Governor, Attorney General Split on Kentucky Gay Marriage Ruling

Governor Steve Beshear will seek outside counsel to appeal a federal judge's ruling that forces Kentucky to recognize same-sex marriages performed outside of the state.

Beshear's decision follows Tuesday's announcement by Attorney General Jack Conway that he would not seek another stay on the decision.

"There are those who believe it’s my mandatory duty, regardless of my personal opinion, to continue to defend this case through the appellate process, and I have heard from many of them. However, I came to the inescapable conclusion that, if I did so, I would be defending discrimination," Conway said in a news conference Tuesday. "That I will not do. As Attorney General of Kentucky, I must draw the line when it comes to discrimination."

"The United States Constitution is designed to protect everyone’s rights, both the majority and the minority groups. Judge Heyburn’s decision does not tell a minister or a congregation what they must do, but in government ‘equal justice under law’ is a different matter."

Conway got emotional and teared up during the press conference as he thanked those who provided counsel to him as he made his decision, including his wife.

"In the end, this issue is really larger than any single person and it’s about placing people above politics. For those who disagree, I can only say that I am doing what I think is right. In the final analysis, I had to make a decision that I could be proud of – for me now, and my daughters’ judgment in the future," Conway said.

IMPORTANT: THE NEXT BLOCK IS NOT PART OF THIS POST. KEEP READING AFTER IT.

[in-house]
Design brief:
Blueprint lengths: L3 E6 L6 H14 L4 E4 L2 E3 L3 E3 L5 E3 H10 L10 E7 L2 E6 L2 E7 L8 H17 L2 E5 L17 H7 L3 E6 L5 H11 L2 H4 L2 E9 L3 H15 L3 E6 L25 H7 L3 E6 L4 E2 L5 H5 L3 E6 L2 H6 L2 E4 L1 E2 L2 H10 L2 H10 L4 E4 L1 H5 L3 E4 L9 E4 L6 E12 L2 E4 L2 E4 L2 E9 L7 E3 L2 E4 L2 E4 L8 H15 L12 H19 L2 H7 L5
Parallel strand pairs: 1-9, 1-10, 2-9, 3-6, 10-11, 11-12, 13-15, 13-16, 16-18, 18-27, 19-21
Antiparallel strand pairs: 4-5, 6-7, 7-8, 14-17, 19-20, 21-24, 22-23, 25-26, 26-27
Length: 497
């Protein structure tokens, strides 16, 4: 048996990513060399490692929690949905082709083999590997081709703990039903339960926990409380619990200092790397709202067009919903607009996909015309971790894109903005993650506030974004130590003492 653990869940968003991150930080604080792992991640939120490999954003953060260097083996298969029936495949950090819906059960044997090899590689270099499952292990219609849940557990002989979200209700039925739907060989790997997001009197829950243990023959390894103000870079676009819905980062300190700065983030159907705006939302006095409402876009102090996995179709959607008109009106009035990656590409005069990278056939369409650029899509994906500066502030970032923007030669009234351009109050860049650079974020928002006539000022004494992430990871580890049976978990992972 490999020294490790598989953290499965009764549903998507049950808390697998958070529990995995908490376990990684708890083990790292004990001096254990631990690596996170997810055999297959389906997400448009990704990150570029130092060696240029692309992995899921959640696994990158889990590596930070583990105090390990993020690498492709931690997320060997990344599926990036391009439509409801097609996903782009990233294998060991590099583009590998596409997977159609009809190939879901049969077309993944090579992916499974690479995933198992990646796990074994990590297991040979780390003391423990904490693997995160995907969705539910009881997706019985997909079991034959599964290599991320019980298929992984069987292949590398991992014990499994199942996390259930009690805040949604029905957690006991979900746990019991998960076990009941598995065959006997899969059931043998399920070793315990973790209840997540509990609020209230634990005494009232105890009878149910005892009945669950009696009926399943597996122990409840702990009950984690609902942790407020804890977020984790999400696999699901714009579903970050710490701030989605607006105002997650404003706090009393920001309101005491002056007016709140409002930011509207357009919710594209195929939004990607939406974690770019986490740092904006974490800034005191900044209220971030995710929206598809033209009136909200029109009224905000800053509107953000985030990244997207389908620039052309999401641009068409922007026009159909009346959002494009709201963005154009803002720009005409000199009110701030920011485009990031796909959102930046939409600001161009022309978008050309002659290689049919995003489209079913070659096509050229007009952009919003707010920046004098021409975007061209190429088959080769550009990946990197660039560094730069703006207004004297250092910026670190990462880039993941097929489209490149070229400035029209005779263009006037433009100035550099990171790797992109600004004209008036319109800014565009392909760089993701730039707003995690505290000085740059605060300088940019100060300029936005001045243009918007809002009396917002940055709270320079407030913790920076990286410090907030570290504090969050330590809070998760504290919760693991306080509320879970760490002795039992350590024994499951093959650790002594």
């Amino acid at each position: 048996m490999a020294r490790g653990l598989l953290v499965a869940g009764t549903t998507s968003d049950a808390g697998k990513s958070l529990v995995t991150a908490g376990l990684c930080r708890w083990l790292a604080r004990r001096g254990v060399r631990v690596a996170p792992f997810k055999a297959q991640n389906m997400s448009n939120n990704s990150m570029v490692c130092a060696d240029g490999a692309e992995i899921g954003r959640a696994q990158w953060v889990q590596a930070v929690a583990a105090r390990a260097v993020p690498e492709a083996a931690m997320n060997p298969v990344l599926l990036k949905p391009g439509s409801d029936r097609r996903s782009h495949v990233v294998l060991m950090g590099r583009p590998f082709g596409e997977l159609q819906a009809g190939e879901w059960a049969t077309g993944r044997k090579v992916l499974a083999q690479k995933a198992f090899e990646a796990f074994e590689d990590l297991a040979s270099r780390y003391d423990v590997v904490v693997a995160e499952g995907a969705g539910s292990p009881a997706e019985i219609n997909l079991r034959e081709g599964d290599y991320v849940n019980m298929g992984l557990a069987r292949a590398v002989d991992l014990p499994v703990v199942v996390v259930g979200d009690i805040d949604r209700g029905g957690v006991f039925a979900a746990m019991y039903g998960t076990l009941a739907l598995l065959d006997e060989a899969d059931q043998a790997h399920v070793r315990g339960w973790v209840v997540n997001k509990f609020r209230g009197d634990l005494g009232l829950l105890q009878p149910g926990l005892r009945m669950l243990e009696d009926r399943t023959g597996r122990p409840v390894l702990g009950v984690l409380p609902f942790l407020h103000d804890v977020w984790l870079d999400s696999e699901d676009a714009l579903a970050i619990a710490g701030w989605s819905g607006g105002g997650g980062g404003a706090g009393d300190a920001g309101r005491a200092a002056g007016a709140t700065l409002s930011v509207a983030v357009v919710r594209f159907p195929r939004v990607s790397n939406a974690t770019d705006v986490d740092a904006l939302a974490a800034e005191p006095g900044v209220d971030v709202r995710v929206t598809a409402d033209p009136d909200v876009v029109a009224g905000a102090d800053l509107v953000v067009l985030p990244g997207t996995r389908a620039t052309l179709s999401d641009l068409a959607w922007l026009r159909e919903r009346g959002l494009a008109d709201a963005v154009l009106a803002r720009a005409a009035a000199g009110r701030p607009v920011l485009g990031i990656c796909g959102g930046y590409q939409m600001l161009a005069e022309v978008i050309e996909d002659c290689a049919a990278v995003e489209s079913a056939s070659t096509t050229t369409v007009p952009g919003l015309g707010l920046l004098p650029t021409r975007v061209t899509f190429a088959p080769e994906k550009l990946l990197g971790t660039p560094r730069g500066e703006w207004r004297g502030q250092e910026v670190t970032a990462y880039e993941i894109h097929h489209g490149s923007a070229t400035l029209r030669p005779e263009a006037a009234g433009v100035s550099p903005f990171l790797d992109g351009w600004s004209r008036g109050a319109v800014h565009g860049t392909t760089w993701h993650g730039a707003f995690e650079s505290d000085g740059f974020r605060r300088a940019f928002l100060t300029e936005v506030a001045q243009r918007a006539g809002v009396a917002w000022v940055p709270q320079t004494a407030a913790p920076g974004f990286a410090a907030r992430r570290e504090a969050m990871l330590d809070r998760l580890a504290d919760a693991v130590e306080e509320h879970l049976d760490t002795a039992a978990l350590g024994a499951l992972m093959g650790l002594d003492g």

Kentucky voters approved a constitutional amendment by an overwhelming margin in 2004 that banned same-sex marriage. While Judge Heyburn's ruling mandates that out-of-state gay marriages be recognized in Kentucky, it does not permit them to be performed. 

Beshear will hire outside counsel to represent the Commonwealth as the case heads for an appeal to the Sixth Circuit US Court of Appeals where it will ask for another stay.

"The question of whether state constitutional provisions prohibiting same sex marriage violate the U.S. Constitution is being litigated across the country," Beshear said in a statement. "Here in Kentucky, Judge Heyburn has ruled that Kentucky’s constitutional provision does so to the extent that same sex marriages legally performed elsewhere are not recognized in Kentucky. Judge Heyburn also currently has under consideration the broader question of whether Kentucky’s provision prohibiting same sex marriage in Kentucky violates the U.S. Constitution, and I anticipate that decision in the near future."

Beshear predicted that an ultimate decision on same-sex marriage will come from the US Supreme Court, but in the meantime, he wants Kentucky to be part of the process.

"The reason is obvious," Beshear said. "Without a stay in place, the opportunity for legal chaos is real. Other Kentucky courts may reach different and conflicting decisions. There is already a lawsuit underway in Franklin Circuit Court, and other lawsuits in state and federal courts are possible. Employers, health care providers, governmental agencies and others faced with changing rules need a clear and certain roadmap. Also, people may take action based on this decision only to be placed at a disadvantage should a higher court reverse the decision."

"I understand and respect the deep and strong emotions and sincere beliefs of Kentuckians on both sides of this issue, but all Kentuckians deserve an orderly process that will bring certainty and finality to this important matter.” 

Watch Conway's announcement: